In July, hotel industry giant Curt Strand passed away at the age of 99. Among his many accomplishments, Strand was the last living link to the exciting era of early international hotel development. He was the first president of Hilton International, an entity that spun off of Hilton Hotels, which remained the domestic arm of the Hilton name. Starting in 1953, Strand played an important role in shaping what would become Hilton International and would serve as the president—and, eventually, CEO—of the company from 1968 to 1987.
Born 1920 in Vienna, Strand and his family fled Austria and settled in the United States in 1937. Within a few years, he entered Cornell University, graduating in 1943. Soon after, he found himself serving in military intelligence during World War II. Following the end of the war, in 1947, he applied for a position at the Plaza Hotel in New York. Unbeknownst to Strand at the time, the Plaza was owned by hotelier Conrad Hilton, a connection that would prove fruitful in the future. Strand rose quickly through the Plaza’s ranks and caught the eye of J.B. Herndon, Conrad Hilton’s right hand man and confidant. Herndon moved to have Strand work directly for him, and Strand recalled it was like having his own tutor. Under Herndon’s guidance, Strand wrote a series of articles for an entire issue of Hotel Management on the Hilton development program. He essentially explained the DNA of Hilton’s operations.
In 1953, he moved over to the fledging Hilton International division. By this time, Hilton had one international hotel, The Caribe in Puerto Rico, one in Spain opening that year, and a handful of other properties in various stages of planning. Strand soon started traveling the world, finding locations for future Hilton hotels. The key was finding local investors who would build a property to Hilton specifications, but with minimum upfront cost to Hilton. Then Hilton would operate the hotel, sharing in the profits, under what today we call a management contract. Back then, this model was almost revolutionary in hotel operations. Strand wrote copious letters and memorandums, often many pages long, to Conrad Hilton detailing his meetings from different locales. Strand’s writings also represent a window into the world of international travel and business during the Cold War years of the 1950s and 1960s.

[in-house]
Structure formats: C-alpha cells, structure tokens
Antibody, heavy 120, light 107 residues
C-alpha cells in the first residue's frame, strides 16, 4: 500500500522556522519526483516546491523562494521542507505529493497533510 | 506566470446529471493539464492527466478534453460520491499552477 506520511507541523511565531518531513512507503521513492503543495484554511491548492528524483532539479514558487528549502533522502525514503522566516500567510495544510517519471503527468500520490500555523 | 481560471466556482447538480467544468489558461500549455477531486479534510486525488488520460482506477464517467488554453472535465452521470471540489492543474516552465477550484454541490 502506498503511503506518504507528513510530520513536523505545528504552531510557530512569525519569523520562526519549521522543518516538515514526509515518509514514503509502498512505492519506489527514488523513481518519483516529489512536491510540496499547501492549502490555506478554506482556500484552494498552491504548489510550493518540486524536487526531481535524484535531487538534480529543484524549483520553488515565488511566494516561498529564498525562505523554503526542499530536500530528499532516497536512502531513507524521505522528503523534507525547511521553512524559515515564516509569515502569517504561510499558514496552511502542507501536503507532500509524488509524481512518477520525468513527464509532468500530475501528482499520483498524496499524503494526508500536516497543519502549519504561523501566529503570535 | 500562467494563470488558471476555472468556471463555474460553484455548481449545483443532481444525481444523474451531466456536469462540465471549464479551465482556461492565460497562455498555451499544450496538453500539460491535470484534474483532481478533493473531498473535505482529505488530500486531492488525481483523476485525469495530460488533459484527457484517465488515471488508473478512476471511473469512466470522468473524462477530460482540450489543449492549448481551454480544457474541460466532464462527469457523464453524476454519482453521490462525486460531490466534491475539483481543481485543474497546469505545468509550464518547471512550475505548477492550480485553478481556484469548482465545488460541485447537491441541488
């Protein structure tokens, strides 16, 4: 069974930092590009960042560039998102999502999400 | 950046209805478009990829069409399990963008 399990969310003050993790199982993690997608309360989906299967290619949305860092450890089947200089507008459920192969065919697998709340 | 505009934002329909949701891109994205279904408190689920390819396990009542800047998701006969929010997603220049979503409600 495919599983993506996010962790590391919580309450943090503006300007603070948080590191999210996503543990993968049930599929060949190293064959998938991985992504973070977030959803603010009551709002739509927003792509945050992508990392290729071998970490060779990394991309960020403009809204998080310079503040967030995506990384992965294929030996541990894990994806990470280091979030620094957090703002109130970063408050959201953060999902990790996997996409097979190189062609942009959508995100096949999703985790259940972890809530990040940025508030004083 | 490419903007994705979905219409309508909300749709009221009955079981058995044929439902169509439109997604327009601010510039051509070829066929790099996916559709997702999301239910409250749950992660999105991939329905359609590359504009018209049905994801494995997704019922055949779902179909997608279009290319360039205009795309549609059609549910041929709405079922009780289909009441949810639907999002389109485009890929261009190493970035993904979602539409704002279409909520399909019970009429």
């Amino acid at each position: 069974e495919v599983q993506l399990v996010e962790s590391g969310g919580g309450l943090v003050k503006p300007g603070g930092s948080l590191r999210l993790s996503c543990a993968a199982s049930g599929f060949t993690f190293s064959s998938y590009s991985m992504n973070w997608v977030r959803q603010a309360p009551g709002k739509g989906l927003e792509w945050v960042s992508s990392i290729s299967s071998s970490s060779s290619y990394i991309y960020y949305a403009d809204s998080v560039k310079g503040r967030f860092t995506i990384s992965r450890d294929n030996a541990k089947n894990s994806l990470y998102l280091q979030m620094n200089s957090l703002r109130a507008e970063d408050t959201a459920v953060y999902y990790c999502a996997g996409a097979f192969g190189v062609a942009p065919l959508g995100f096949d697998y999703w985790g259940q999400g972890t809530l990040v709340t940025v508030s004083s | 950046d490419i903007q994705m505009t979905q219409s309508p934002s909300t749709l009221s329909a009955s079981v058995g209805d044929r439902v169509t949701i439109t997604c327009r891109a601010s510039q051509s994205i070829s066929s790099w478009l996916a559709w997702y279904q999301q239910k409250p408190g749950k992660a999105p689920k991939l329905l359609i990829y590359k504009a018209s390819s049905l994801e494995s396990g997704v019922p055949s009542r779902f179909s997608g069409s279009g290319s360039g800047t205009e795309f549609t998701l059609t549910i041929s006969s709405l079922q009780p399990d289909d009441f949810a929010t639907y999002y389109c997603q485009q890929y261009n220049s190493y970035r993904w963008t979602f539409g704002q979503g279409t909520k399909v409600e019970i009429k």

From 1958 to 1960, Strand served as the opening GM of the Berlin Hilton. He knew he needed to experience what a general manager position entails, especially when the hotel is in the process of opening its doors. He recalled in an interview that his leadership of the Berlin property was unique because of the demands of opening a new hotel in a city that was still recovering from the devastation of World War II.
In 1960, he moved back to Hilton’s international division. Within a few years, he became the de facto president. In 1965, Conrad Hilton decided to spin off the international division of Hilton into a separate company, and Strand was named the president of the new company, Hilton International. Just two years later, Trans World Airlines (TWA)—a major American airline that operated from 1930 until 2001—bought Hilton International. TWA wisely left Strand in place, realizing the profits from the company helped the airline’s bottom line. For the next 20 years, Strand served as president of Hilton International, growing the company around the world. When he stepped down, Hilton International had more than 100 properties worldwide in 60 different countries.
In his retirement, Strand stayed active, consulting, traveling, and enjoying his life in Snowmass, Colo. Strand has left an indelible legacy in the world of hospitality, and his use of the management contract still shapes the industry today.